ISU Police report an increase in alcohol-related infractions


ISU Police is its own police department, working alongside Ames Police to maintain a safe community.

Iowa State Police Department’s October action update reported an 86.5% increase in alcohol violations and an 85.7% increase in operating-while-intoxicated offenses.

Iowa State University Chief of Police Michael Newton said the resurgence of tailgating is in part to blame for the inflated alcohol-related infractions.

“Tailgating is back in full swing, [and] we’re seeing an increase in cases from football and other events,” Newton said. “I think a lot of our alcohol increase goes just to the fact that we’re back to full fledged events again.”

The report also details the rise in mental health-related calls which service officers responded to. This year, officers responded to a total of 42 mental health related calls in October, with October 2021 having a reported 38. Mental health related calls include suicides and attempted suicides, calls dealing with mental health or psychiatric disorders and welfare checks, with welfare checks accounting for 34 and 31 calls for October 2022 and October 2021, respectively.

“[Calls relating to mental health] can come in a multitude of ways,” Newton said. “We can have somebody who’s in a building acting strange and somebody wants us to go check them out, and it becomes a mental health case. We could have a friend calling because they’re concerned about their loved one because of statements that they made.”

The report states there were 413 traffic stops in October, an increase from last year’s 250.

“We get a lot of complaints about the people’s driving behavior on campus– running stop signs, speeding through the campus streets,” Newton said. “So, as people complain to us, we make it more of a priority.”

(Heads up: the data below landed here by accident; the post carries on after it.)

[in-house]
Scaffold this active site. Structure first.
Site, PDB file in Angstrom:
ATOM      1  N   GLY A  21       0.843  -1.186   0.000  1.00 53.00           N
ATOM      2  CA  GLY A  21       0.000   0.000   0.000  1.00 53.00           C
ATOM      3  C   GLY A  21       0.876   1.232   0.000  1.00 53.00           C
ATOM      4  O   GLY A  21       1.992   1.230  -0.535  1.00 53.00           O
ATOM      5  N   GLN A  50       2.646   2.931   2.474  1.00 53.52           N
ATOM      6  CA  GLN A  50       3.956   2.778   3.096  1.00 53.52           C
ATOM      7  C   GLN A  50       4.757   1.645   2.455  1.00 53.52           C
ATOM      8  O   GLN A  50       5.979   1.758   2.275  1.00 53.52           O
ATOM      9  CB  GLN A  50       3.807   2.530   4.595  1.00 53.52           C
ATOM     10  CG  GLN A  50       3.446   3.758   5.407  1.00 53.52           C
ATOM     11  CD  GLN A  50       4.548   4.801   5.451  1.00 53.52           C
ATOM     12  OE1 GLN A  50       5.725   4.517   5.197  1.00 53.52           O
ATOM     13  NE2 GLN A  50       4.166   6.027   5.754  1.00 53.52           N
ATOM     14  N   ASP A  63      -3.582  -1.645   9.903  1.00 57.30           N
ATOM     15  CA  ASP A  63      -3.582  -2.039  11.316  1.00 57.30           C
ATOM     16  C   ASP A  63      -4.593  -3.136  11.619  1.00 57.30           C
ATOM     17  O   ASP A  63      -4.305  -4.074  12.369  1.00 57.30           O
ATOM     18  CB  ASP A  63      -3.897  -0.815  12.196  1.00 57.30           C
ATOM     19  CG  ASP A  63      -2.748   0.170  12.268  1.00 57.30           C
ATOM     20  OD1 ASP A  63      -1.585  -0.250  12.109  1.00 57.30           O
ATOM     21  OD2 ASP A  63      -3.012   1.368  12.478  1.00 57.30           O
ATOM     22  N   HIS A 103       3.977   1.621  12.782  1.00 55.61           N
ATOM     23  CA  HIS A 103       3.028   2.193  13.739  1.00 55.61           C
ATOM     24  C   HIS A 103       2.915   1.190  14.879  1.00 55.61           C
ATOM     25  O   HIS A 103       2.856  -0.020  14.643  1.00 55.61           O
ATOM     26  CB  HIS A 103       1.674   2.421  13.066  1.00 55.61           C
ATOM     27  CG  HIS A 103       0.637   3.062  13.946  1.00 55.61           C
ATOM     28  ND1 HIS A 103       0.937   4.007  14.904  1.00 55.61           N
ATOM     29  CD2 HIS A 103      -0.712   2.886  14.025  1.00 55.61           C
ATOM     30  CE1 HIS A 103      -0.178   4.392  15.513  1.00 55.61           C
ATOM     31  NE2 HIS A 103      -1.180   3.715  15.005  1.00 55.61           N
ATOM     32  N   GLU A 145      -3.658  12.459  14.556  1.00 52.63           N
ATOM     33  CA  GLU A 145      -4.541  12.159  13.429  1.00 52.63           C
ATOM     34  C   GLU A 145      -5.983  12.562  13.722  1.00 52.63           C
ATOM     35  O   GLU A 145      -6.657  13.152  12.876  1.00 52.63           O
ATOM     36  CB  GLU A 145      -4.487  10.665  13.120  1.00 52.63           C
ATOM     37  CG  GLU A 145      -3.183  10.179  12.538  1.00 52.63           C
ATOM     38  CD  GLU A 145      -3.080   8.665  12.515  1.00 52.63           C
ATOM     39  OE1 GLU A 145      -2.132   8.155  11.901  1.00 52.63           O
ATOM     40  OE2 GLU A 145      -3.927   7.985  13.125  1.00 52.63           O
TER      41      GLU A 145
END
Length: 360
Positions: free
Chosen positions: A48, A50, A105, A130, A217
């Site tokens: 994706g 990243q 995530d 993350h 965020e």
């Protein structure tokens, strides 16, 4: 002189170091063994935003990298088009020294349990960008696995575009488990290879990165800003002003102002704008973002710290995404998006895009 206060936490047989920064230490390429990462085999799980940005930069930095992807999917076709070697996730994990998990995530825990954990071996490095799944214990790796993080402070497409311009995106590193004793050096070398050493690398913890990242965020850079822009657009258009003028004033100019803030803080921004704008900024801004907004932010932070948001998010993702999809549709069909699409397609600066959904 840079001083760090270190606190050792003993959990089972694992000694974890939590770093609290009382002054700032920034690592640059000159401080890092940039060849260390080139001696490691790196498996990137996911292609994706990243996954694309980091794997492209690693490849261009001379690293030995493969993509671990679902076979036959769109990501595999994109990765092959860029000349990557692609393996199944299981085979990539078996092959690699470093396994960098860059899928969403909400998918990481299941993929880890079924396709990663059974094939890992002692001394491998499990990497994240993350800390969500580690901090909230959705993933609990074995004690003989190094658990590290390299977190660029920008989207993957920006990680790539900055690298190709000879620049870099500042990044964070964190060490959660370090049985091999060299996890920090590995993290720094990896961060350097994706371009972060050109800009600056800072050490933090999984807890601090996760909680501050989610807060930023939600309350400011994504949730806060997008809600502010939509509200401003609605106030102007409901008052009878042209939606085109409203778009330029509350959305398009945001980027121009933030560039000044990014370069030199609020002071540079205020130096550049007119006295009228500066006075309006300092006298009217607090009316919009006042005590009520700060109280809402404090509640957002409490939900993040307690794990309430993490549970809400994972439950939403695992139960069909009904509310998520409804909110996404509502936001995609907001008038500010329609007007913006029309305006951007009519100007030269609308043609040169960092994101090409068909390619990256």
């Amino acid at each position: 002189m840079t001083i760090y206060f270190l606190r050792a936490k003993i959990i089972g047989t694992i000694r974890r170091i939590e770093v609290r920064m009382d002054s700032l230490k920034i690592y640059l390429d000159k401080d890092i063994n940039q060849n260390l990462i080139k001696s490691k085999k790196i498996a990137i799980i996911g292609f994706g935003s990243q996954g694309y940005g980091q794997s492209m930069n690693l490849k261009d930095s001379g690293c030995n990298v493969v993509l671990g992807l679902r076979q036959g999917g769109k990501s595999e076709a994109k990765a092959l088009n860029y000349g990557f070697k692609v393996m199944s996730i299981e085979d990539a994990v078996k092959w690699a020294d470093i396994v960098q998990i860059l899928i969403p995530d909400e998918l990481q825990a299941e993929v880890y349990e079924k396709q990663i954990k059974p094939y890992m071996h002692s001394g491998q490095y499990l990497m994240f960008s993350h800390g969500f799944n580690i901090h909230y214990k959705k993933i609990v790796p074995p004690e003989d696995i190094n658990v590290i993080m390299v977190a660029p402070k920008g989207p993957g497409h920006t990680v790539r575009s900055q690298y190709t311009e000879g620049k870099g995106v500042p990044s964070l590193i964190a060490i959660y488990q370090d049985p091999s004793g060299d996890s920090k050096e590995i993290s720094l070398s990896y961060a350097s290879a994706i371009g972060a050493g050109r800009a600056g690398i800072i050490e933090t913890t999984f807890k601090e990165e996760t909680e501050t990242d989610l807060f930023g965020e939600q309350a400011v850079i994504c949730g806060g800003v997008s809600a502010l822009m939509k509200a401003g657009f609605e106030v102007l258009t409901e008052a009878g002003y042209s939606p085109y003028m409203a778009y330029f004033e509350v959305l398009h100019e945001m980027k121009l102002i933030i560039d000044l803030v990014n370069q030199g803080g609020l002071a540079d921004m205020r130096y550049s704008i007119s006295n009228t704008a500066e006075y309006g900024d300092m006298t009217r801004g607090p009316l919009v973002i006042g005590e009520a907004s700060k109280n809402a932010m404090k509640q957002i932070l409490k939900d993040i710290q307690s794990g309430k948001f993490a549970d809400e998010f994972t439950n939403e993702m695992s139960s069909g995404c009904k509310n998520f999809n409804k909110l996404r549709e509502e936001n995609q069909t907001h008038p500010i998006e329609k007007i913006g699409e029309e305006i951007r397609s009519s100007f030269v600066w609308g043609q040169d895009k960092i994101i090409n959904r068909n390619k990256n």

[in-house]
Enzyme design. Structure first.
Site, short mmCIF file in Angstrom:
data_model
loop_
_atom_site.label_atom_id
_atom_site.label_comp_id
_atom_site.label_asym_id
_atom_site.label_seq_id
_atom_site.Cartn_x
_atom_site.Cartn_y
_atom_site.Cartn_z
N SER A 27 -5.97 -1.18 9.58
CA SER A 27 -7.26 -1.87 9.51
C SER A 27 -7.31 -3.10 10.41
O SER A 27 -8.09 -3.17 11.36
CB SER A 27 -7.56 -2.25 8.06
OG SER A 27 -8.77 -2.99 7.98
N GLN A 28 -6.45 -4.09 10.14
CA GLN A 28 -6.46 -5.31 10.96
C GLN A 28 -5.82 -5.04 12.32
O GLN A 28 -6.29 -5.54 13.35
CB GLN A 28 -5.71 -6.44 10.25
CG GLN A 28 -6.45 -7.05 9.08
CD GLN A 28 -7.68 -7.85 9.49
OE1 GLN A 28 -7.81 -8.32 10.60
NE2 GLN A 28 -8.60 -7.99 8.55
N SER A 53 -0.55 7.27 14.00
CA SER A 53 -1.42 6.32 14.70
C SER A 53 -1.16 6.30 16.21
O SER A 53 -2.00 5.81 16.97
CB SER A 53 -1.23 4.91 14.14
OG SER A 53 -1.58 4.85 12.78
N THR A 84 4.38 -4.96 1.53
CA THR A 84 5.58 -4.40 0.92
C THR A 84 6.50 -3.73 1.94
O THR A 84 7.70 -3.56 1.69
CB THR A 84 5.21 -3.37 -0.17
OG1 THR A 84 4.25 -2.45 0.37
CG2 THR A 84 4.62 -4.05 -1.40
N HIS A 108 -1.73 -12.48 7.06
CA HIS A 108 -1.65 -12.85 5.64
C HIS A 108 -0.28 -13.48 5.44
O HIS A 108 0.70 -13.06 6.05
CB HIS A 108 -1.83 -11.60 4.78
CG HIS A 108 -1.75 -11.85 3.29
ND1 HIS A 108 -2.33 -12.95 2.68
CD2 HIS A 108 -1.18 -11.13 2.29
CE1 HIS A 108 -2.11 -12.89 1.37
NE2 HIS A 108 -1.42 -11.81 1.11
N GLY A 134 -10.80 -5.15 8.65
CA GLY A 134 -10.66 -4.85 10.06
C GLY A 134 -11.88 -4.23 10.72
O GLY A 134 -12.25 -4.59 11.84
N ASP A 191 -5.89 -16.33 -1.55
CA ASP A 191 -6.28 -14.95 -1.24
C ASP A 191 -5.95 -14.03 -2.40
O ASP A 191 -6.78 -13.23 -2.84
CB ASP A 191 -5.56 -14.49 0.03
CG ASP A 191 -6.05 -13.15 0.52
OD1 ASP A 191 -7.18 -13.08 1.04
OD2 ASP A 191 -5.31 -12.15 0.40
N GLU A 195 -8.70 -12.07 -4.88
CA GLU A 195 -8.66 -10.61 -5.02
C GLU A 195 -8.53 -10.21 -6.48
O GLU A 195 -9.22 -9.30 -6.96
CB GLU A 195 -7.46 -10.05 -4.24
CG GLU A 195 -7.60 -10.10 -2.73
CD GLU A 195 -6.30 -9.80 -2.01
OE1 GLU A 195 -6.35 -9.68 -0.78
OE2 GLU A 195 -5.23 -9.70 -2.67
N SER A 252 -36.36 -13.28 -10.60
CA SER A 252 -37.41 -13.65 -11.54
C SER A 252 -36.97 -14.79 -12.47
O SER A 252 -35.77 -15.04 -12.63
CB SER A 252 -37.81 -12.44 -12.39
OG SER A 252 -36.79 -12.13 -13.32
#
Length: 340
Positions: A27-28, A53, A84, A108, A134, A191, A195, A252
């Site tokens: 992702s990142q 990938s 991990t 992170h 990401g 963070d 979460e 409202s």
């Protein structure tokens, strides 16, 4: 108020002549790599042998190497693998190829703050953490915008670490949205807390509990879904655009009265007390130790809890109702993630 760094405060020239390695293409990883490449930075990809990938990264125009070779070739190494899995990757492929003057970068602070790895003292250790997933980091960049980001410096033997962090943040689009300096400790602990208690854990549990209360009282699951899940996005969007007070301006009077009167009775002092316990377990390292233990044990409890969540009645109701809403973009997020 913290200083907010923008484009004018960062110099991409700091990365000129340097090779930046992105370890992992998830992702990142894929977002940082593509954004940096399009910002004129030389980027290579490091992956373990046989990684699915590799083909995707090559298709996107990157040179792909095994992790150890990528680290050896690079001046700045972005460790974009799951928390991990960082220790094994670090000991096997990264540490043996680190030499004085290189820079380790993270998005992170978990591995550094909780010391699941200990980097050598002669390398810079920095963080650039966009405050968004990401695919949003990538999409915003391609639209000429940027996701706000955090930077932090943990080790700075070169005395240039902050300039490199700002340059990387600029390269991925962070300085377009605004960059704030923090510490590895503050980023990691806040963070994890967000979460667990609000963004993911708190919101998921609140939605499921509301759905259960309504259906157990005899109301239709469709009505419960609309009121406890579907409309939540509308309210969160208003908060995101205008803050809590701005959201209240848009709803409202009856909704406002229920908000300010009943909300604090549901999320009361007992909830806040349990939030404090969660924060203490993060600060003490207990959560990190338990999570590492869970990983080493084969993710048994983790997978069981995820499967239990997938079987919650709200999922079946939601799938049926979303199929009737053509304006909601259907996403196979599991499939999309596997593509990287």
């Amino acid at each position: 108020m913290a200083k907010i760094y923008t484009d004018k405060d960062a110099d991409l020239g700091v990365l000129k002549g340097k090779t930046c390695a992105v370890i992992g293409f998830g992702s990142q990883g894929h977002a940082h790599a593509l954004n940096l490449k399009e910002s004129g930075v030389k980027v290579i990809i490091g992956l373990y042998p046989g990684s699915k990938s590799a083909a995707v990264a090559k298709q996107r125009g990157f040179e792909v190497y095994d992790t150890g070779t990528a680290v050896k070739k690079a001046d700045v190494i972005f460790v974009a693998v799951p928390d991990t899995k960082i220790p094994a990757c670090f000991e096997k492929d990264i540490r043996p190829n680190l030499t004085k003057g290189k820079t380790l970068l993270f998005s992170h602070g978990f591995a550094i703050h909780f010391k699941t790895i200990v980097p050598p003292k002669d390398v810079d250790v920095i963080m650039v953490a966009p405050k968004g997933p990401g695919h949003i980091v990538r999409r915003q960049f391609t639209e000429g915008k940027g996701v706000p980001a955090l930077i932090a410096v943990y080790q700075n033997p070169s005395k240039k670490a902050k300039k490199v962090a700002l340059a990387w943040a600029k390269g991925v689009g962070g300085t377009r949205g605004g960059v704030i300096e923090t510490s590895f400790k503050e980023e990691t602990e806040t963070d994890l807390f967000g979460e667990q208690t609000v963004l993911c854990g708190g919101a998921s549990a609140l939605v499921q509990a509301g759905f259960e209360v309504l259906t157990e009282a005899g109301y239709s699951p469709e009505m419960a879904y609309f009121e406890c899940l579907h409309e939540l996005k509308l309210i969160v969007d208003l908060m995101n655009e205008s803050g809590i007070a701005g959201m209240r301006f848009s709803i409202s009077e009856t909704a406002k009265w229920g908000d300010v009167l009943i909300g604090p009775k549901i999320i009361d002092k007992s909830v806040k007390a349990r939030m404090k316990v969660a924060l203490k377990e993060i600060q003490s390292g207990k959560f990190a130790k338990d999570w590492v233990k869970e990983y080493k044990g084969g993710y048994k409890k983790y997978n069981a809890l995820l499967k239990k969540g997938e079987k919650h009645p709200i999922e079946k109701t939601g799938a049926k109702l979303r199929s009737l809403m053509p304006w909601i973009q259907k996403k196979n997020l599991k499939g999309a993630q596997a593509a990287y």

According to the report, October had the second most calls for service since 2018 with a total of 2,637 calls, losing the first place spot to last September’s 2,644 calls. Newton said part of that is attributed to the police department’s efforts to become fully staffed.

Newton also said that through the procurement of Gov. Kim Reynolds Traffic Safety Bureau Grant that general enforcement has increased.

“You’ll see our operating-while-intoxicated numbers are significantly higher because we have more officers out there [who are] more proactive,” Newton said. “Plus we’re working the grant efforts trying to get intoxicated drivers off the roadway.”

The grant also provides qualifying police departments with the funds to pay for things such as overtime, dash cams and pole-mounted radar units.

This October saw an increase to 18 drug violations in comparison to October 2021’s 11, or a 63.6% change. Newton said the change could be a result of the aforementioned increase in general enforcement but added that the weather could also be a driving factor.

“People end up smoking in their dorm rooms and then get caught more easily,” Newton said.